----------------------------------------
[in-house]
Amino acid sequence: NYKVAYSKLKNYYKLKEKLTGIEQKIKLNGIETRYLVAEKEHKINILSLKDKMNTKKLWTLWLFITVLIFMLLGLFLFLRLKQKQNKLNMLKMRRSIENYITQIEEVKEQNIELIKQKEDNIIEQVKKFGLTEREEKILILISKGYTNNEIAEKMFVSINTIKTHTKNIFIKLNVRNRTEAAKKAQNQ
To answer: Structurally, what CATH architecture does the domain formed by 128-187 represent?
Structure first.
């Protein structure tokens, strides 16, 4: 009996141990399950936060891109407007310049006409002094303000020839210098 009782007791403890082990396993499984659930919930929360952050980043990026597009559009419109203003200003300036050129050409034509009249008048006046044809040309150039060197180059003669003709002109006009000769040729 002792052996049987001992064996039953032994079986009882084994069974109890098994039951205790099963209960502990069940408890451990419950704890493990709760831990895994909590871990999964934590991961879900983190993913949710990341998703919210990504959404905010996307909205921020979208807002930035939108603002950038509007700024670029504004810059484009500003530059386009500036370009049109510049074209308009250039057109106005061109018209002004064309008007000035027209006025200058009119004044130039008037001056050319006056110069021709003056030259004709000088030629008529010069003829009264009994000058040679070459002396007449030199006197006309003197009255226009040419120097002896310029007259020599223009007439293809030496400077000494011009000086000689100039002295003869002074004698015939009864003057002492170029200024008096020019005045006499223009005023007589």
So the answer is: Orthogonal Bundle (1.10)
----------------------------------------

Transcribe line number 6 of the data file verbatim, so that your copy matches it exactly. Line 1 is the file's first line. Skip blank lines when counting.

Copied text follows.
So the answer is: Orthogonal Bundle (1.10)